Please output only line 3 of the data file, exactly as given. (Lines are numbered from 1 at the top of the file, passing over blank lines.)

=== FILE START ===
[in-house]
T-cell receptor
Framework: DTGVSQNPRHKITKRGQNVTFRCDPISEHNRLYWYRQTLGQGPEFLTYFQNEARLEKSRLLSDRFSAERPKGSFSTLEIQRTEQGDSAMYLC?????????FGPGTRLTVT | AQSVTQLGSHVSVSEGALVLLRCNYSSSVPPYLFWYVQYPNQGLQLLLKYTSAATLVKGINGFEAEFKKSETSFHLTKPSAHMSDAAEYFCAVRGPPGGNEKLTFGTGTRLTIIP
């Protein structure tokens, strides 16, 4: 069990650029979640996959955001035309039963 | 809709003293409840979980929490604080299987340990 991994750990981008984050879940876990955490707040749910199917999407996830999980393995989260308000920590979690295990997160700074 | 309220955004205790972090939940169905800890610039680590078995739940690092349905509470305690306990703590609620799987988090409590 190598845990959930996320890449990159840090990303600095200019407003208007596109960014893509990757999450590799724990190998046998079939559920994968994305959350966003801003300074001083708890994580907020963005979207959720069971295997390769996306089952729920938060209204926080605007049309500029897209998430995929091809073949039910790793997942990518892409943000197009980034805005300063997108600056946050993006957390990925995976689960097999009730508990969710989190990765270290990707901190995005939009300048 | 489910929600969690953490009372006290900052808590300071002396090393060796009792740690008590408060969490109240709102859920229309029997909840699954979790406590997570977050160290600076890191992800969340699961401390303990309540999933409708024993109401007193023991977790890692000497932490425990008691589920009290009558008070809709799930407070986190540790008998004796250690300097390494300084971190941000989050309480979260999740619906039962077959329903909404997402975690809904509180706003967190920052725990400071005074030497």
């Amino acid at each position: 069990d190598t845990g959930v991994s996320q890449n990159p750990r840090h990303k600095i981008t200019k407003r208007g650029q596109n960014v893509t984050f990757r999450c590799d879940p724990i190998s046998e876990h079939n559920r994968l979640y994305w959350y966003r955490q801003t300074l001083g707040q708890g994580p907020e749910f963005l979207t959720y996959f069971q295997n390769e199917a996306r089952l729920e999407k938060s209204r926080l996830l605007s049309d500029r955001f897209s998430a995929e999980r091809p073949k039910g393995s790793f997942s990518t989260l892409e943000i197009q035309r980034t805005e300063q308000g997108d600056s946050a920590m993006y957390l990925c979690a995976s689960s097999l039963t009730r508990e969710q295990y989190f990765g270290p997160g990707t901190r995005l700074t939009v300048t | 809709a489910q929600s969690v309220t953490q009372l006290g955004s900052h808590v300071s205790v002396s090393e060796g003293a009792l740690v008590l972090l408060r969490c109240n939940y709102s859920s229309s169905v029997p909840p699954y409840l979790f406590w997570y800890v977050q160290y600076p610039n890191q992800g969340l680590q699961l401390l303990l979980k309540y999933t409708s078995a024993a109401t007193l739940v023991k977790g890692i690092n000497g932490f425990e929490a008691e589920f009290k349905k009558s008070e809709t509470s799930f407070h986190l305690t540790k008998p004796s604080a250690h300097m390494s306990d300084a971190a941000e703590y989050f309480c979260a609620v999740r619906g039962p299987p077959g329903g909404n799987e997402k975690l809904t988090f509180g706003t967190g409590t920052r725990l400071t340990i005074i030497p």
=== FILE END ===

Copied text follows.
Framework: DTGVSQNPRHKITKRGQNVTFRCDPISEHNRLYWYRQTLGQGPEFLTYFQNEARLEKSRLLSDRFSAERPKGSFSTLEIQRTEQGDSAMYLC?????????FGPGTRLTVT | AQSVTQLGSHVSVSEGALVLLRCNYSSSVPPYLFWYVQYPNQGLQLLLKYTSAATLVKGINGFEAEFKKSETSFHLTKPSAHMSDAAEYFCAVRGPPGGNEKLTFGTGTRLTIIP